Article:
Limits...
Mass Administration of Ivermectin for the Elimination of Onchocerciasis Significantly Reduced and Maintained Low the Prevalence of Strongyloides stercoralis in Esmeraldas, Ecuador.

Anselmi M, Buonfrate D, Guevara Espinoza A, Prandi R, Marquez M, Gobbo M, Montresor A, Albonico M, Racines Orbe M, Martin Moreira J, Bisoffi Z - PLoS Negl Trop Dis (2015)

Bottom Line: To evaluate the effect of ivermectin mass drug administration on strongyloidiasis and other soil transmitted helminthiases.Regarding other soil transmitted helminthiases: in areas where ivermectin was distributed the prevalence of T. trichiura was significantly reduced, while A. lumbricoides and hookworms were seemingly unaffected.Periodic mass distribution of ivermectin had a significant impact on the prevalence of strongyloidiasis, less on trichuriasis and apparently no effect on ascariasis and hookworm infections.

View Article: PubMed Central - PubMed

Affiliation: Centro de Epidemiología Comunitaria y Medicina Tropical (CECOMET), Esmeraldas, Ecuador.

ABSTRACT

Objectives: To evaluate the effect of ivermectin mass drug administration on strongyloidiasis and other soil transmitted helminthiases.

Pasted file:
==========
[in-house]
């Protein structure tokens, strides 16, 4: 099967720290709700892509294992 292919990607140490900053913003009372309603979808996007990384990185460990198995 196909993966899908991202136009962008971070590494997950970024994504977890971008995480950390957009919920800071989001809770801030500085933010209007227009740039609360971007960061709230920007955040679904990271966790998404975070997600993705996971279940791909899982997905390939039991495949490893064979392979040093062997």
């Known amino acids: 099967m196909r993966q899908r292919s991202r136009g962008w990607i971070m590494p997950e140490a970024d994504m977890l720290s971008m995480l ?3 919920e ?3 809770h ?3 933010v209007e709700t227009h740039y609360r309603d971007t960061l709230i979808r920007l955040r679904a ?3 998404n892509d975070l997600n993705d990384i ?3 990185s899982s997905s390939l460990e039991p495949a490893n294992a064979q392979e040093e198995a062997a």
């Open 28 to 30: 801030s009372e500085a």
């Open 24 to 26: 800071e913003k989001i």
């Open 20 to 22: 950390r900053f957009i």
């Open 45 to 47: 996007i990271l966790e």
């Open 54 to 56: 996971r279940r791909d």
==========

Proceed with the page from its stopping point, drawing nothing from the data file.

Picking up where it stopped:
Methods: We conducted a retrospective analysis of data collected in Esmeraldas (Ecuador) during surveys conducted in areas where ivermectin was annually administered to the entire population for the control of onchocerciasis. Data from 5 surveys, conducted between 1990 (before the start of the distribution of ivermectin) and 2013 (six years after the interruption of the intervention) were analyzed. The surveys also comprised areas where ivermectin was not distributed because onchocerciasis was not endemic. Different laboratory techniques were used in the different surveys (direct fecal smear, formol-ether concentration, IFAT and IVD ELISA for Strongyloides stercoralis).